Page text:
H&R Block Considers Shedding Thrift Status
H&R Block Inc. disclosed Tuesday that it is considering abandoning its status as a savings and loan holding company as a result of impending new capital rules.
The Kansas City, Mo., company operates a $1.2 billion-asset bank in addition to its better known tax-preparation business. (Years ago it owned one of the largest subprime lenders in the U.S. Option One Mortgage Corp., whose servicing rights it later sold to bottom fisher Wilbur Ross.)
In a Securities and Exchange Commission filing, H&R Block stated that guidance from the Federal Reserve Bank of Kansas City would require its holding company to retain significant additional capital, even though it is substantially above the well-capitalized level.
"We have discussed our concerns with the Reserve Bank regarding the negative impact of such guidance," the firm stated. "However, at this time, we do not foresee regulatory flexibility in this regard in light of the Federal Reserve’s views of the statutory requirements imposed under the Dodd-Frank Act."
"We believe that such regulatory constraints are inconsistent with our strategic plans, operational needs, and growth objectives," H&R Block stated in a filing that also cited concern over the impact of Basel III international capital rules.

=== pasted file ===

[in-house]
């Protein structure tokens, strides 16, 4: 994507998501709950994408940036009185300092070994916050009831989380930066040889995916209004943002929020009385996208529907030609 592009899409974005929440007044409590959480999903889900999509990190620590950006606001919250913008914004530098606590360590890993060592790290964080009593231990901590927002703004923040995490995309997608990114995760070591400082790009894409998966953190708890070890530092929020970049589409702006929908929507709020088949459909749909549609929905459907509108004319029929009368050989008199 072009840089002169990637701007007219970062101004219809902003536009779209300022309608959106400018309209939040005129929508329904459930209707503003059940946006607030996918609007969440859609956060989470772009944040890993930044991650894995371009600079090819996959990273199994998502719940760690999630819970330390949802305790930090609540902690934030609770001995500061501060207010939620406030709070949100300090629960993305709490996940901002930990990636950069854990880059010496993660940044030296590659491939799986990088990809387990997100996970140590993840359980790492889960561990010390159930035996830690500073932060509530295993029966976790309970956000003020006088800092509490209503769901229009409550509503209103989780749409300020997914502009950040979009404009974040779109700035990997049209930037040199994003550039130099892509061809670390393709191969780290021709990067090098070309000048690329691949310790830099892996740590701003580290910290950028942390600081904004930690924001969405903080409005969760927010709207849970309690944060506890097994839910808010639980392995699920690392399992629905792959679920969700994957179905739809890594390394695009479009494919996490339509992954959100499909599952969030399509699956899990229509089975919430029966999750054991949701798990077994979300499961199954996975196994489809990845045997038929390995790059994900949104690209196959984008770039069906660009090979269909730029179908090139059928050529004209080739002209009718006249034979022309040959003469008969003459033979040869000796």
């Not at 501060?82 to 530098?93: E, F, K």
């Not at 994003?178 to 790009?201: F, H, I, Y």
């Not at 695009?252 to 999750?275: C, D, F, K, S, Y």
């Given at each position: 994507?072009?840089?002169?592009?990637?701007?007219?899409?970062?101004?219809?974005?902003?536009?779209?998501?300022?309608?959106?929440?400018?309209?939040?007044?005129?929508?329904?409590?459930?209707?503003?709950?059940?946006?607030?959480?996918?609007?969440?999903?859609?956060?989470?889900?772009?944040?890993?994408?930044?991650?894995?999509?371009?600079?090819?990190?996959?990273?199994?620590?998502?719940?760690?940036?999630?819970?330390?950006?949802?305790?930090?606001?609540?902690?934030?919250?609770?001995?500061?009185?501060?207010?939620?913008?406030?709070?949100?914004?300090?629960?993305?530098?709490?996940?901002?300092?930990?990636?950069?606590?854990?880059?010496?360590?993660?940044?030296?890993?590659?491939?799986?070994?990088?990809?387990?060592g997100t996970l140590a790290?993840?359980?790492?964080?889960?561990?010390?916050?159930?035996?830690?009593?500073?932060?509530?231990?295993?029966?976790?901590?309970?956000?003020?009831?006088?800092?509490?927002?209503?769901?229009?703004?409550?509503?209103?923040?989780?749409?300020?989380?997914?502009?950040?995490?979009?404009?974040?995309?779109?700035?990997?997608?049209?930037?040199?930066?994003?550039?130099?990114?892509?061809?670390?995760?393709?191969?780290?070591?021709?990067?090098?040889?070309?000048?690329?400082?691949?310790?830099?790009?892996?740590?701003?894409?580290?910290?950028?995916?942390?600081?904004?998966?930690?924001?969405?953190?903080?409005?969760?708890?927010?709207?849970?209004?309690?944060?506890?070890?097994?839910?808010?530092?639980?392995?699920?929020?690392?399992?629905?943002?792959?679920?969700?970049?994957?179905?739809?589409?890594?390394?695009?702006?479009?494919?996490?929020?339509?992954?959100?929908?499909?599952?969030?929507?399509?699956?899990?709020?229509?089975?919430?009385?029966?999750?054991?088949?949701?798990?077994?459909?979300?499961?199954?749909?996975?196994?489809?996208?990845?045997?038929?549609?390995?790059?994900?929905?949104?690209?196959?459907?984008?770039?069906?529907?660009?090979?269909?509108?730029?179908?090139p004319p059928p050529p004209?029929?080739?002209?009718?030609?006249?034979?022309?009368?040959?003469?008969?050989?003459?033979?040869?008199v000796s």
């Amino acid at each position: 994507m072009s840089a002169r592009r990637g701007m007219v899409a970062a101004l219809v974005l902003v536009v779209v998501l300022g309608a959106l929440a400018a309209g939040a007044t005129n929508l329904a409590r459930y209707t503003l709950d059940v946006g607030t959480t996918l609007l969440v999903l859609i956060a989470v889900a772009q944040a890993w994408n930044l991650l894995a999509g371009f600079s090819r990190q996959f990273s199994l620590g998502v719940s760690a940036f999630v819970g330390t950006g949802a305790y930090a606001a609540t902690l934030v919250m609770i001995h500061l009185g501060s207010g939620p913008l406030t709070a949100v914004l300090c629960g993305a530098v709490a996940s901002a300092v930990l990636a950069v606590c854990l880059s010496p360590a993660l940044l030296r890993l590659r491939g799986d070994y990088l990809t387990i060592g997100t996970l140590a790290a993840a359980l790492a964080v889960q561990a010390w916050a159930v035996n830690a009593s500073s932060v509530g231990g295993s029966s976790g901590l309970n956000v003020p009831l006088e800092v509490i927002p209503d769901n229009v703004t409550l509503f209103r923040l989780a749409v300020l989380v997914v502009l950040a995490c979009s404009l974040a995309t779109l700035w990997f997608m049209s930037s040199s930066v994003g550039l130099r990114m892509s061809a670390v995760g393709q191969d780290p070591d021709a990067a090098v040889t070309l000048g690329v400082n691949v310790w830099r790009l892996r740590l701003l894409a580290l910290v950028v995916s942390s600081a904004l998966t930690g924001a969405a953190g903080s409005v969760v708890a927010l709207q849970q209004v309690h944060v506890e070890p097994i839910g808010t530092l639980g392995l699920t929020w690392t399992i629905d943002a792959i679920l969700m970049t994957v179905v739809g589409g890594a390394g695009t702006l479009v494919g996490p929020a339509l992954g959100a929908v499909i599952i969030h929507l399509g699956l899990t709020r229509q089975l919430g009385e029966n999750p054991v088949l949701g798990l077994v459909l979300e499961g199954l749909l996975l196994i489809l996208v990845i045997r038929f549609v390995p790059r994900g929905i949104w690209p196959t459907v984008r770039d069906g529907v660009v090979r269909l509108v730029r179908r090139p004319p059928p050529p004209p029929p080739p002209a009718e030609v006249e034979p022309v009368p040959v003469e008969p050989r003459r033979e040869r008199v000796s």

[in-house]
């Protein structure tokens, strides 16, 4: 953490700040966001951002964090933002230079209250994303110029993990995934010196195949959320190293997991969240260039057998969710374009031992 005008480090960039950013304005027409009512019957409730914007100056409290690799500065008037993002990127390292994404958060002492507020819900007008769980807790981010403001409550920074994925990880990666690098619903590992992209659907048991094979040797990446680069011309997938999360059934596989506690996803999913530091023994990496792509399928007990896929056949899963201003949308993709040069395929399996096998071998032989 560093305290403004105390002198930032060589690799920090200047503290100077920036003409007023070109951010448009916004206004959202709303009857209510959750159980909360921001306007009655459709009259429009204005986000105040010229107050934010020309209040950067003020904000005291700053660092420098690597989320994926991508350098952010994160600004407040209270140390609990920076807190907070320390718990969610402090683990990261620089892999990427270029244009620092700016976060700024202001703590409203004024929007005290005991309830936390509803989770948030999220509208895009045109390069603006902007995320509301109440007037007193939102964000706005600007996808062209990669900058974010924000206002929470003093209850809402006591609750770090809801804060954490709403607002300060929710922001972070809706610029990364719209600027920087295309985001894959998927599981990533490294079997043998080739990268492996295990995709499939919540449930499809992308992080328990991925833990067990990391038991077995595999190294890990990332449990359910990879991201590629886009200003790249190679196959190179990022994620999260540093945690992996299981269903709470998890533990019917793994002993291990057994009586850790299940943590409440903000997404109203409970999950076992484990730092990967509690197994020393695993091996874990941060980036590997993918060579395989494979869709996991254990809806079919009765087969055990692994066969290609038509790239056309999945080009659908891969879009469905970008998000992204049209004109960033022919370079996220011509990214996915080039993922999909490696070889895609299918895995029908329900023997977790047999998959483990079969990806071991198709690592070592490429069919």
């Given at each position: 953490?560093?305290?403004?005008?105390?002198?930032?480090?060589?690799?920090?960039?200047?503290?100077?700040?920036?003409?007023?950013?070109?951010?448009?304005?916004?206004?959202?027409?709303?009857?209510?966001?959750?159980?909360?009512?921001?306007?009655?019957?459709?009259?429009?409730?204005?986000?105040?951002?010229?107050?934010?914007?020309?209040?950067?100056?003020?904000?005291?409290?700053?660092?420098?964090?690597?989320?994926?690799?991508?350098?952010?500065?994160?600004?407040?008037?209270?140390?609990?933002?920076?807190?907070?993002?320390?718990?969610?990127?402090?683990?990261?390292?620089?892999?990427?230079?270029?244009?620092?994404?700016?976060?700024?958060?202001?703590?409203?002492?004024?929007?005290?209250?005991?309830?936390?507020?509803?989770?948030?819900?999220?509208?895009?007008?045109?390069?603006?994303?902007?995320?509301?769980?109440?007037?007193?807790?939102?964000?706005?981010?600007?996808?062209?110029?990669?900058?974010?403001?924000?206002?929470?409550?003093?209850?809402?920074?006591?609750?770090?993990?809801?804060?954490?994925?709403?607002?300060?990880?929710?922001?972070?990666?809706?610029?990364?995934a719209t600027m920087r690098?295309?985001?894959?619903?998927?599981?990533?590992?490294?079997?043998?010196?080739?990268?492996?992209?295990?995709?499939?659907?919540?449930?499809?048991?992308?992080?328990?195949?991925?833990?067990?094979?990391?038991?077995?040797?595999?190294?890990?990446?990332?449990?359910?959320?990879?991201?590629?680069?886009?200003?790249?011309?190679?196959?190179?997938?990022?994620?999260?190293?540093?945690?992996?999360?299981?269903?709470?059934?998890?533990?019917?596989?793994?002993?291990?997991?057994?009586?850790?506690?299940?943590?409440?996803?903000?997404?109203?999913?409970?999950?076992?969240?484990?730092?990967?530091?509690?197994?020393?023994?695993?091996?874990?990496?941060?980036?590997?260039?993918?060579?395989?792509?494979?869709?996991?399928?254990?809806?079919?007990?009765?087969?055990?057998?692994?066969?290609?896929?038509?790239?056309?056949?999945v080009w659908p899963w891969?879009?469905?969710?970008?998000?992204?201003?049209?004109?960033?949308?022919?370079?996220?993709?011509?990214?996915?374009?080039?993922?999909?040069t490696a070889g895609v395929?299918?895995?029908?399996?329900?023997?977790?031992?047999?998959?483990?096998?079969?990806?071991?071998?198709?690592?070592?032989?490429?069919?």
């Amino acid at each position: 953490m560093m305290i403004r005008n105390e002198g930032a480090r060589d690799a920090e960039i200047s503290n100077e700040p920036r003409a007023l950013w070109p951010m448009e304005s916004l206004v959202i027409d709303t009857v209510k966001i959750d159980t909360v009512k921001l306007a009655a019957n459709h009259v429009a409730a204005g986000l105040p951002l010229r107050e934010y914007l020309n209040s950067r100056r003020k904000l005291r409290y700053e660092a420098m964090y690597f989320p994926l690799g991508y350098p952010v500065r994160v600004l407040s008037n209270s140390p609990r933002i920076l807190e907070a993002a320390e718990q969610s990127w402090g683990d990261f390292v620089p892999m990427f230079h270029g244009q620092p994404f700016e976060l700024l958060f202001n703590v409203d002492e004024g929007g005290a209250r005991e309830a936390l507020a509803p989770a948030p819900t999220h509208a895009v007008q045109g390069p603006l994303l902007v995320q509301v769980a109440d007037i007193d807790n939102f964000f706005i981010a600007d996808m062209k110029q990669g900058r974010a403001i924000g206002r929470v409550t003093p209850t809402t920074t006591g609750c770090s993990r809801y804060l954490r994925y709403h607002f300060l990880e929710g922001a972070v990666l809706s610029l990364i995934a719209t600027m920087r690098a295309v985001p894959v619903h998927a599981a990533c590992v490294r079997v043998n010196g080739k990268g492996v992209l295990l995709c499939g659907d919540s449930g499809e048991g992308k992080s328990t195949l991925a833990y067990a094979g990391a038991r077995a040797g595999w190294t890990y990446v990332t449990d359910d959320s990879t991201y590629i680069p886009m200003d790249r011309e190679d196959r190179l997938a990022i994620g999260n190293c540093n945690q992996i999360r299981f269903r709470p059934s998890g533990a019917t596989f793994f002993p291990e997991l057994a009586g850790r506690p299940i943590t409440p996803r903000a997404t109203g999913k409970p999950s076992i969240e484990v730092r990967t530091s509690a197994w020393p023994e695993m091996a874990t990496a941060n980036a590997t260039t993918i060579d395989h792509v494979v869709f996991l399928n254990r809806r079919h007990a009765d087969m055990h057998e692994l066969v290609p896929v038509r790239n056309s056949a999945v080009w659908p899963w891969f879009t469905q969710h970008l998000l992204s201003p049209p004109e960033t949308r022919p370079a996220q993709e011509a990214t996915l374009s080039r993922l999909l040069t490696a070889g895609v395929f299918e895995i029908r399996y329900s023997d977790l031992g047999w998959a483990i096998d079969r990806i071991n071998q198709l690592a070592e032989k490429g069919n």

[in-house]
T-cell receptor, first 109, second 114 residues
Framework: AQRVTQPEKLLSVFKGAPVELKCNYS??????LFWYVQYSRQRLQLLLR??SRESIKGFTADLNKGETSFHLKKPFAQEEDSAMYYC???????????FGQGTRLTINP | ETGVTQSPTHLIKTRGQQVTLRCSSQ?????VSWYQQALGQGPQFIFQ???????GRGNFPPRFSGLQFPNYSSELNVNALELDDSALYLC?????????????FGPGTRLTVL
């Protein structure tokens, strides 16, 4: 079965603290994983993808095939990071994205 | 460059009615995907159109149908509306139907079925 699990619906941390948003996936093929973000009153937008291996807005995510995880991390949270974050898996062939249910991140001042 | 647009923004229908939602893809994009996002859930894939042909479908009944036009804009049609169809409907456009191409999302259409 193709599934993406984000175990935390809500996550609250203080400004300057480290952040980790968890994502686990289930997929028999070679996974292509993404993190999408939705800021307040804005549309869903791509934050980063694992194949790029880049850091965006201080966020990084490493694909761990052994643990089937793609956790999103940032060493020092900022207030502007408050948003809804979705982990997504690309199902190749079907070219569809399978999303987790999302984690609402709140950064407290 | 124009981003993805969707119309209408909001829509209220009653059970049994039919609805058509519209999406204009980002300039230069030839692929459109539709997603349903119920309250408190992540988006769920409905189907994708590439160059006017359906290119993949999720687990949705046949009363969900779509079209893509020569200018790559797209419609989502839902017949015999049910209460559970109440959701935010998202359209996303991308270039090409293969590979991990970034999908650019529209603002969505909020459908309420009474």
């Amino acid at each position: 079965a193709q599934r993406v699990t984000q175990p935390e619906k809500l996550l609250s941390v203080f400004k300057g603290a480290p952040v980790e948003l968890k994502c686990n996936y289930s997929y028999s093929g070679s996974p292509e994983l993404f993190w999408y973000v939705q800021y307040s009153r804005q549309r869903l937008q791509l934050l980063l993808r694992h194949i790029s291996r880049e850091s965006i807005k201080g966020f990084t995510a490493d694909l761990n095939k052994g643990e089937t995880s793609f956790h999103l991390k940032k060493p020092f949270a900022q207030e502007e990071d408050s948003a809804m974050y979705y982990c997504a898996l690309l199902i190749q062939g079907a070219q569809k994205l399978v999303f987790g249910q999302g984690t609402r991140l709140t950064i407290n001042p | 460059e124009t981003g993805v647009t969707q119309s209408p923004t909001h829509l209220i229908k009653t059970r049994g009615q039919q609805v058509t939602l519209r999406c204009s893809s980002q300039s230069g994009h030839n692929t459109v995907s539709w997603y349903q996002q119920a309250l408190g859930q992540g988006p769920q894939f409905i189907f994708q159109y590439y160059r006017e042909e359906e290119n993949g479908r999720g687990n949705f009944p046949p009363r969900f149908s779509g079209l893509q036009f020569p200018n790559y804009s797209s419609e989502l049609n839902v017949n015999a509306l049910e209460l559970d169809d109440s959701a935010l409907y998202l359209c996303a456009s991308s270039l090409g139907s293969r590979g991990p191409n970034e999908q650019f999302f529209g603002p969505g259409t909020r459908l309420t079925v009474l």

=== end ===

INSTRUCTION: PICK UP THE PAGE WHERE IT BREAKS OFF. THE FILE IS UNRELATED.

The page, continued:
The document said that H&R Block is evaluating different ways of ceasing to be a savings and loan holding company. It also suggested that the company is not contemplating an exit from its financial services business, but rather looking into possible ways to continue those operations under a different regulatory scheme.
"In connection with that evaluation, we are exploring alternatives to continue to enhance our growth by delivering financial products and services to our customers," the filing stated.
The filing said that the evaluation is in its early stages, and that the company cannot predict the likelihood or timing any potential move, or whether such a move would have a material adverse impact on its business.
H&R Block opened its bank in 2006 as a way to reduce the cost of funding refund anticipation loans. More recently, regulators have sought to stamp out such loans, and H&R Block announced last September that it would not offer them in 2012.
H&R Block Bank offers mortgage loans, in addition to checking accounts, savings accounts, prepaid cards and certificates of deposit.
H&R Block is not the only company that has considered dropping its banking charter as a result of tougher capital rules. MetLife has already disbanded its mortgage lending operation and it is seeking to sell its bank to GE Capital to remove itself from supervision by the Federal Reserve.